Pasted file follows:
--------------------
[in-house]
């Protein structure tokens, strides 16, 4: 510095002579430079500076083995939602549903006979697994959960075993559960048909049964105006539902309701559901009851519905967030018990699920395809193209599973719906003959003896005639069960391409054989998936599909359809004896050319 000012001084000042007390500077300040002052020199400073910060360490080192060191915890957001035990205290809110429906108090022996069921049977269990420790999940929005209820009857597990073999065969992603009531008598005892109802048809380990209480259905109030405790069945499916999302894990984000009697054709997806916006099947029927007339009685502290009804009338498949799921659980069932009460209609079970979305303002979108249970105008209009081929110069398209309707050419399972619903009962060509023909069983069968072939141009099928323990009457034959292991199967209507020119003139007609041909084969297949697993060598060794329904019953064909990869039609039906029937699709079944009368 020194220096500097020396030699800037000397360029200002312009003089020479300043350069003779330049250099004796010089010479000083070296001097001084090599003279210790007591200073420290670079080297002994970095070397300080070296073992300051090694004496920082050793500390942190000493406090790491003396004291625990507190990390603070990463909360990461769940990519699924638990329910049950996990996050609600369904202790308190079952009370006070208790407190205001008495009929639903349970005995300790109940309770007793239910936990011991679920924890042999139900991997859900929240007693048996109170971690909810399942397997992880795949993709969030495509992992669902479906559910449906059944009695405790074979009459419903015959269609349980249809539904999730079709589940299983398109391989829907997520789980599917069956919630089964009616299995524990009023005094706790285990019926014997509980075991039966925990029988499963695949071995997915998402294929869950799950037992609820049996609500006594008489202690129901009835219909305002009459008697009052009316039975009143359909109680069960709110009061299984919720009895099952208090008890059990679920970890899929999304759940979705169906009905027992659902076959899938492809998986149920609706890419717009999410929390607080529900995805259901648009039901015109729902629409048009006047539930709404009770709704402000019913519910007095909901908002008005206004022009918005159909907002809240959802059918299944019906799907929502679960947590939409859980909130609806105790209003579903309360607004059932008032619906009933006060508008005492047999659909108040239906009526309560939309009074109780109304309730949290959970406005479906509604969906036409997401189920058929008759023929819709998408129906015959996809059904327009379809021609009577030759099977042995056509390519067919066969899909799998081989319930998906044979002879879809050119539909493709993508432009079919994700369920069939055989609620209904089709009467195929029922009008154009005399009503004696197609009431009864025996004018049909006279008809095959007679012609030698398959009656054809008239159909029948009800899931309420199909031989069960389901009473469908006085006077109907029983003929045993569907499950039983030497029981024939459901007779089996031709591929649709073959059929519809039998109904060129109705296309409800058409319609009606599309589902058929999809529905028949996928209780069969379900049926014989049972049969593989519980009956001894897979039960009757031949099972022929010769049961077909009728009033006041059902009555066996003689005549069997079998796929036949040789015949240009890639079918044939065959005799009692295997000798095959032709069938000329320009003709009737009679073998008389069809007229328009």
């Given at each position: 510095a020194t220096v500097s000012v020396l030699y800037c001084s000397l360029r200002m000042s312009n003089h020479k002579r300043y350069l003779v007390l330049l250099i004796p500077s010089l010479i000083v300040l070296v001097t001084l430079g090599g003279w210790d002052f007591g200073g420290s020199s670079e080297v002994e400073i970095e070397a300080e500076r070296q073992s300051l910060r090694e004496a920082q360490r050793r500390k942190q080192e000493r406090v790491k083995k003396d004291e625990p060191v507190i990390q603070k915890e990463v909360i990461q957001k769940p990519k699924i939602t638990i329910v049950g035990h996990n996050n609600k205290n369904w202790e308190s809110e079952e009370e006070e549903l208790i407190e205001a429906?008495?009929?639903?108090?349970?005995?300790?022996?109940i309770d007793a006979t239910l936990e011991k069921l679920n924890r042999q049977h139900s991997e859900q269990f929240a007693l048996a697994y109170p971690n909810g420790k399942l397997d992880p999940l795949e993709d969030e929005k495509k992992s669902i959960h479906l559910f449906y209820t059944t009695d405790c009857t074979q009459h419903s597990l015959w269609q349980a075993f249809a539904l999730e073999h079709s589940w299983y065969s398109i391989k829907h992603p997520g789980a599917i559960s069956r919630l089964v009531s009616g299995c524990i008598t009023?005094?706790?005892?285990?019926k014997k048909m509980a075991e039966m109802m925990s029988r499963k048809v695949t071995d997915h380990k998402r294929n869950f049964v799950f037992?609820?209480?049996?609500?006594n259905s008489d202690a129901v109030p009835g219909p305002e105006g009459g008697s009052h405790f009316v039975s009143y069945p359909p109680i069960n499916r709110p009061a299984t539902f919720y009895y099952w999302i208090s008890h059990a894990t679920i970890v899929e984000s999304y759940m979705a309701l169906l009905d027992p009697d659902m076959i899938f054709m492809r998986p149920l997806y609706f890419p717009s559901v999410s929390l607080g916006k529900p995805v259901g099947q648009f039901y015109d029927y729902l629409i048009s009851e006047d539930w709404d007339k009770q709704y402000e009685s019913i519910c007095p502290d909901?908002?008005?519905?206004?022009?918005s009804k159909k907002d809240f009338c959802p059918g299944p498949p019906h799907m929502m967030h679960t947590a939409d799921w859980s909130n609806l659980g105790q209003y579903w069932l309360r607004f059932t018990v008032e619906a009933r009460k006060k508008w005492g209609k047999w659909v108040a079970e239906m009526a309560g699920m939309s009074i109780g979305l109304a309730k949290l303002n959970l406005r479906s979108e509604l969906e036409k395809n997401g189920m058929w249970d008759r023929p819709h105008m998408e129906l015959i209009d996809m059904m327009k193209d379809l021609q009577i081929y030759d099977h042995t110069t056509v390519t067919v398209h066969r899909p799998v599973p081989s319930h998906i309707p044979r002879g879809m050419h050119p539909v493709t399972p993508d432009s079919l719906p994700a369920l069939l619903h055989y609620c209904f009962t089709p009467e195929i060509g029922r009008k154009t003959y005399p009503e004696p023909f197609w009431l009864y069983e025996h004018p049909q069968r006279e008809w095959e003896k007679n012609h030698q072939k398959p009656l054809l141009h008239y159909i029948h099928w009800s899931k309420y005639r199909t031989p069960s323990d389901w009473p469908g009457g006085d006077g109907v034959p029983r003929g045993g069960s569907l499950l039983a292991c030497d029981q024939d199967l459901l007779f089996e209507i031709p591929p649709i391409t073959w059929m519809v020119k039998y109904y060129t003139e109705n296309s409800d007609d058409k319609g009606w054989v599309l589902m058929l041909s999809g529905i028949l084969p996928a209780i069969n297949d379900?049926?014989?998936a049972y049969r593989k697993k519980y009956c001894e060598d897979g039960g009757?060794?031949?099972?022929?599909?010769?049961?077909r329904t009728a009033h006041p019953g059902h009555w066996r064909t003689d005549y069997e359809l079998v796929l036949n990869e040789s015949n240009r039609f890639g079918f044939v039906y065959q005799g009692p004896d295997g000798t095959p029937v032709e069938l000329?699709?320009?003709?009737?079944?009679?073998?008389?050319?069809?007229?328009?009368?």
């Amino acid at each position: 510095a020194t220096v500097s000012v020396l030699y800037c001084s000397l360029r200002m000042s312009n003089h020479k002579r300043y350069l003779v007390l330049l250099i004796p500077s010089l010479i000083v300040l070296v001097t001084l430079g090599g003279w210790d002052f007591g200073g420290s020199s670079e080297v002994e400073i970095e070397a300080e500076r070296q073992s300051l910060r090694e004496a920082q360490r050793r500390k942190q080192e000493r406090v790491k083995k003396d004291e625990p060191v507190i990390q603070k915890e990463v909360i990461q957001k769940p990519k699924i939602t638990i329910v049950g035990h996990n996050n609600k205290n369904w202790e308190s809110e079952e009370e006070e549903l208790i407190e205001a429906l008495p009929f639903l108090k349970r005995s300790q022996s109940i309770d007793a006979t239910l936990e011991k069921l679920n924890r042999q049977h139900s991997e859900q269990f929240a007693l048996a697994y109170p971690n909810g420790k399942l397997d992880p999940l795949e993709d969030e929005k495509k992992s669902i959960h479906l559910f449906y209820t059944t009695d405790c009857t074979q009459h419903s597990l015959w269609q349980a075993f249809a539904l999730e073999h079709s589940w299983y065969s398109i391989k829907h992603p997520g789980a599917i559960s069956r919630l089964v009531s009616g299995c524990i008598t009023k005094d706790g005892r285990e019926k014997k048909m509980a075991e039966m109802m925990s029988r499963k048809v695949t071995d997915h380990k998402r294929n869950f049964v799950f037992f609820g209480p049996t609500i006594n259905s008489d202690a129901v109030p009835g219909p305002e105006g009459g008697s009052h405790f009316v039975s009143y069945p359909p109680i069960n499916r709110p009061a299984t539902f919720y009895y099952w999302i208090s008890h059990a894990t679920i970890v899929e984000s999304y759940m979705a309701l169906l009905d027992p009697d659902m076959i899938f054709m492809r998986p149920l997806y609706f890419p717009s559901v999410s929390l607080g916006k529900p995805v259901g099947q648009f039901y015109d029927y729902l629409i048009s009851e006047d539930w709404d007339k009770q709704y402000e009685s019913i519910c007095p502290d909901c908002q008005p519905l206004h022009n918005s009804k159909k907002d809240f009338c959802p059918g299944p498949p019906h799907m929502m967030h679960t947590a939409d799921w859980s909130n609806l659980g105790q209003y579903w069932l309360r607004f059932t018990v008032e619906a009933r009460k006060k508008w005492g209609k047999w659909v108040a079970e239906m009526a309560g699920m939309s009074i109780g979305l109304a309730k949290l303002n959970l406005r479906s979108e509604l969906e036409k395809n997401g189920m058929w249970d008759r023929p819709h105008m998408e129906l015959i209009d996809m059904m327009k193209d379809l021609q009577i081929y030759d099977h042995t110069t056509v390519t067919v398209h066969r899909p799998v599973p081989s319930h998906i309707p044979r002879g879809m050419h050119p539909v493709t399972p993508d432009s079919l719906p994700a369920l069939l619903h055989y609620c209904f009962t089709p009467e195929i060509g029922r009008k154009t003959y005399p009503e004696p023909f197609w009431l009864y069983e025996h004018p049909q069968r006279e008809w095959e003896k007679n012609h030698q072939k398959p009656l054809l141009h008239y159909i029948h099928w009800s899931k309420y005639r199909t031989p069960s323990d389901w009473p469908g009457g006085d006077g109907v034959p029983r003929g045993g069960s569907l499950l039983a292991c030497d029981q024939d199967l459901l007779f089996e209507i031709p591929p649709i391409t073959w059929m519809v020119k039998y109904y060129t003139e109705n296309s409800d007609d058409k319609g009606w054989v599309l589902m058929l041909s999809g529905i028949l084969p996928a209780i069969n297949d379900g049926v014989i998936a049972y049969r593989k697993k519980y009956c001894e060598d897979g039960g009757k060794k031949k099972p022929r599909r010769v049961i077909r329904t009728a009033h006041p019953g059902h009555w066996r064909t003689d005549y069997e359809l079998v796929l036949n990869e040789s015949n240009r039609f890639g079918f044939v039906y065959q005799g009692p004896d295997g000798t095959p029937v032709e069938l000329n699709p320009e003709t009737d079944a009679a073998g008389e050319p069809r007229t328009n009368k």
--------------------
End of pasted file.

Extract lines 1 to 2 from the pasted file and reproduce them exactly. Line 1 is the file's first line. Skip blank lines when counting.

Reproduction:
[in-house]
């Protein structure tokens, strides 16, 4: 510095002579430079500076083995939602549903006979697994959960075993559960048909049964105006539902309701559901009851519905967030018990699920395809193209599973719906003959003896005639069960391409054989998936599909359809004896050319 000012001084000042007390500077300040002052020199400073910060360490080192060191915890957001035990205290809110429906108090022996069921049977269990420790999940929005209820009857597990073999065969992603009531008598005892109802048809380990209480259905109030405790069945499916999302894990984000009697054709997806916006099947029927007339009685502290009804009338498949799921659980069932009460209609079970979305303002979108249970105008209009081929110069398209309707050419399972619903009962060509023909069983069968072939141009099928323990009457034959292991199967209507020119003139007609041909084969297949697993060598060794329904019953064909990869039609039906029937699709079944009368 020194220096500097020396030699800037000397360029200002312009003089020479300043350069003779330049250099004796010089010479000083070296001097001084090599003279210790007591200073420290670079080297002994970095070397300080070296073992300051090694004496920082050793500390942190000493406090790491003396004291625990507190990390603070990463909360990461769940990519699924638990329910049950996990996050609600369904202790308190079952009370006070208790407190205001008495009929639903349970005995300790109940309770007793239910936990011991679920924890042999139900991997859900929240007693048996109170971690909810399942397997992880795949993709969030495509992992669902479906559910449906059944009695405790074979009459419903015959269609349980249809539904999730079709589940299983398109391989829907997520789980599917069956919630089964009616299995524990009023005094706790285990019926014997509980075991039966925990029988499963695949071995997915998402294929869950799950037992609820049996609500006594008489202690129901009835219909305002009459008697009052009316039975009143359909109680069960709110009061299984919720009895099952208090008890059990679920970890899929999304759940979705169906009905027992659902076959899938492809998986149920609706890419717009999410929390607080529900995805259901648009039901015109729902629409048009006047539930709404009770709704402000019913519910007095909901908002008005206004022009918005159909907002809240959802059918299944019906799907929502679960947590939409859980909130609806105790209003579903309360607004059932008032619906009933006060508008005492047999659909108040239906009526309560939309009074109780109304309730949290959970406005479906509604969906036409997401189920058929008759023929819709998408129906015959996809059904327009379809021609009577030759099977042995056509390519067919066969899909799998081989319930998906044979002879879809050119539909493709993508432009079919994700369920069939055989609620209904089709009467195929029922009008154009005399009503004696197609009431009864025996004018049909006279008809095959007679012609030698398959009656054809008239159909029948009800899931309420199909031989069960389901009473469908006085006077109907029983003929045993569907499950039983030497029981024939459901007779089996031709591929649709073959059929519809039998109904060129109705296309409800058409319609009606599309589902058929999809529905028949996928209780069969379900049926014989049972049969593989519980009956001894897979039960009757031949099972022929010769049961077909009728009033006041059902009555066996003689005549069997079998796929036949040789015949240009890639079918044939065959005799009692295997000798095959032709069938000329320009003709009737009679073998008389069809007229328009």